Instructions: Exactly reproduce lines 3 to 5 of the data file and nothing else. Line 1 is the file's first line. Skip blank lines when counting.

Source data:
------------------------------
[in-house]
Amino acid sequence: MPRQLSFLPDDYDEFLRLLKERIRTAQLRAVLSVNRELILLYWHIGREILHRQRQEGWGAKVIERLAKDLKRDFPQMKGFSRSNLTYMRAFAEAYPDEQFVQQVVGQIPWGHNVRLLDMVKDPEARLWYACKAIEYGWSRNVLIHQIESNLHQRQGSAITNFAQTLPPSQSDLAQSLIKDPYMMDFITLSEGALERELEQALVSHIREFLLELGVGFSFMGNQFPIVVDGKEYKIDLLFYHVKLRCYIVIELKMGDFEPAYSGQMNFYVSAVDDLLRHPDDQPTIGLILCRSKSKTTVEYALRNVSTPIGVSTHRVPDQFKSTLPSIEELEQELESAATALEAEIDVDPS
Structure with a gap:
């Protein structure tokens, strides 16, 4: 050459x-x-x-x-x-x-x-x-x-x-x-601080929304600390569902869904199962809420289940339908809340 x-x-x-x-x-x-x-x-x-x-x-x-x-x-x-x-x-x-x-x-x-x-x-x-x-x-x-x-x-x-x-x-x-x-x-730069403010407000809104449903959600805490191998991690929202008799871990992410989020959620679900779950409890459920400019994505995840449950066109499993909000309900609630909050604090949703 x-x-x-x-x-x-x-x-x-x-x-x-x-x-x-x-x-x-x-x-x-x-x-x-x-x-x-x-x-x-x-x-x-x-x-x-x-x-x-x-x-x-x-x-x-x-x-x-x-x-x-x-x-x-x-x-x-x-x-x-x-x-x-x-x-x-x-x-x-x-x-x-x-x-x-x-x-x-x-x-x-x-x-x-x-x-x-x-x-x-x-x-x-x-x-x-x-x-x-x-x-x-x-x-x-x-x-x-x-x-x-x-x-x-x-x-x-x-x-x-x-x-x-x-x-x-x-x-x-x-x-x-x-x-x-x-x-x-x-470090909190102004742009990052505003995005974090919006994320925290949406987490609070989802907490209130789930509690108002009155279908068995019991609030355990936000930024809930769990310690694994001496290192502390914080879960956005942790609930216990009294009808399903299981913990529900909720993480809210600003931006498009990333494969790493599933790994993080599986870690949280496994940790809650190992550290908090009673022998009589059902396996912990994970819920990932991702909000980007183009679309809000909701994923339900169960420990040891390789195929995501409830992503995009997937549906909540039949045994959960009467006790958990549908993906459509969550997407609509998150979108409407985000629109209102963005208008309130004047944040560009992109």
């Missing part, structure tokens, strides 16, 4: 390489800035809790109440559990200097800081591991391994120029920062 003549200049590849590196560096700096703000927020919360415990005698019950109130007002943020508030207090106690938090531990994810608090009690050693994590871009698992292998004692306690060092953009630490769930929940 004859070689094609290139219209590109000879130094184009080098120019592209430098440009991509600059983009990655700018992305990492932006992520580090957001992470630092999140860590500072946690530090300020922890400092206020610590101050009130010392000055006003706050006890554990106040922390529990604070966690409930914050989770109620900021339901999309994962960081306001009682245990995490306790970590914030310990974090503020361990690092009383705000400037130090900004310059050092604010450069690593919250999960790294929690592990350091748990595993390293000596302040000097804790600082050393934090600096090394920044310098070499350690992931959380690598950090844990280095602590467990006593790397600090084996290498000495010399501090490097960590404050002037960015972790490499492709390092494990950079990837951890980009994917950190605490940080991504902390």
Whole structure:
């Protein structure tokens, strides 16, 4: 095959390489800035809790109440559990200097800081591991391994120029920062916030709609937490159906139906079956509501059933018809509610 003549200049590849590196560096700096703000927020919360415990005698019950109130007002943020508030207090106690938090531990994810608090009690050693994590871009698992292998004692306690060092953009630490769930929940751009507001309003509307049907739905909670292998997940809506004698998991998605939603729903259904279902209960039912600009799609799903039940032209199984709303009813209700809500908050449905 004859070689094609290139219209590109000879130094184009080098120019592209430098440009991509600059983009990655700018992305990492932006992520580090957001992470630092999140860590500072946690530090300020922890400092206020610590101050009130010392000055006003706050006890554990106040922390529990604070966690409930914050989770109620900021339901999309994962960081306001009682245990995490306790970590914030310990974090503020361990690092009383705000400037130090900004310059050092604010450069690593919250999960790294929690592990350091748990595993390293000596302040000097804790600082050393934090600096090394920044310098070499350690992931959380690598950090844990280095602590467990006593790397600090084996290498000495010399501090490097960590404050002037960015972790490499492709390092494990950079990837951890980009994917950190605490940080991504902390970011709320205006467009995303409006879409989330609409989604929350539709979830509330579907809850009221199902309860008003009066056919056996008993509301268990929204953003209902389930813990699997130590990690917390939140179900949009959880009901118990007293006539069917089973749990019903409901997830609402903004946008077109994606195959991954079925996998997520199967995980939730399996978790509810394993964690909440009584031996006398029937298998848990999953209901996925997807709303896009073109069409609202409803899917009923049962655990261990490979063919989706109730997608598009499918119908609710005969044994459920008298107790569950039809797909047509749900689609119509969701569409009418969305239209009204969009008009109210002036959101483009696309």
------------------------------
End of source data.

Structure with a gap:
């Protein structure tokens, strides 16, 4: 050459x-x-x-x-x-x-x-x-x-x-x-601080929304600390569902869904199962809420289940339908809340 x-x-x-x-x-x-x-x-x-x-x-x-x-x-x-x-x-x-x-x-x-x-x-x-x-x-x-x-x-x-x-x-x-x-x-730069403010407000809104449903959600805490191998991690929202008799871990992410989020959620679900779950409890459920400019994505995840449950066109499993909000309900609630909050604090949703 x-x-x-x-x-x-x-x-x-x-x-x-x-x-x-x-x-x-x-x-x-x-x-x-x-x-x-x-x-x-x-x-x-x-x-x-x-x-x-x-x-x-x-x-x-x-x-x-x-x-x-x-x-x-x-x-x-x-x-x-x-x-x-x-x-x-x-x-x-x-x-x-x-x-x-x-x-x-x-x-x-x-x-x-x-x-x-x-x-x-x-x-x-x-x-x-x-x-x-x-x-x-x-x-x-x-x-x-x-x-x-x-x-x-x-x-x-x-x-x-x-x-x-x-x-x-x-x-x-x-x-x-x-x-x-x-x-x-x-470090909190102004742009990052505003995005974090919006994320925290949406987490609070989802907490209130789930509690108002009155279908068995019991609030355990936000930024809930769990310690694994001496290192502390914080879960956005942790609930216990009294009808399903299981913990529900909720993480809210600003931006498009990333494969790493599933790994993080599986870690949280496994940790809650190992550290908090009673022998009589059902396996912990994970819920990932991702909000980007183009679309809000909701994923339900169960420990040891390789195929995501409830992503995009997937549906909540039949045994959960009467006790958990549908993906459509969550997407609509998150979108409407985000629109209102963005208008309130004047944040560009992109």
């Missing part, structure tokens, strides 16, 4: 390489800035809790109440559990200097800081591991391994120029920062 003549200049590849590196560096700096703000927020919360415990005698019950109130007002943020508030207090106690938090531990994810608090009690050693994590871009698992292998004692306690060092953009630490769930929940 004859070689094609290139219209590109000879130094184009080098120019592209430098440009991509600059983009990655700018992305990492932006992520580090957001992470630092999140860590500072946690530090300020922890400092206020610590101050009130010392000055006003706050006890554990106040922390529990604070966690409930914050989770109620900021339901999309994962960081306001009682245990995490306790970590914030310990974090503020361990690092009383705000400037130090900004310059050092604010450069690593919250999960790294929690592990350091748990595993390293000596302040000097804790600082050393934090600096090394920044310098070499350690992931959380690598950090844990280095602590467990006593790397600090084996290498000495010399501090490097960590404050002037960015972790490499492709390092494990950079990837951890980009994917950190605490940080991504902390």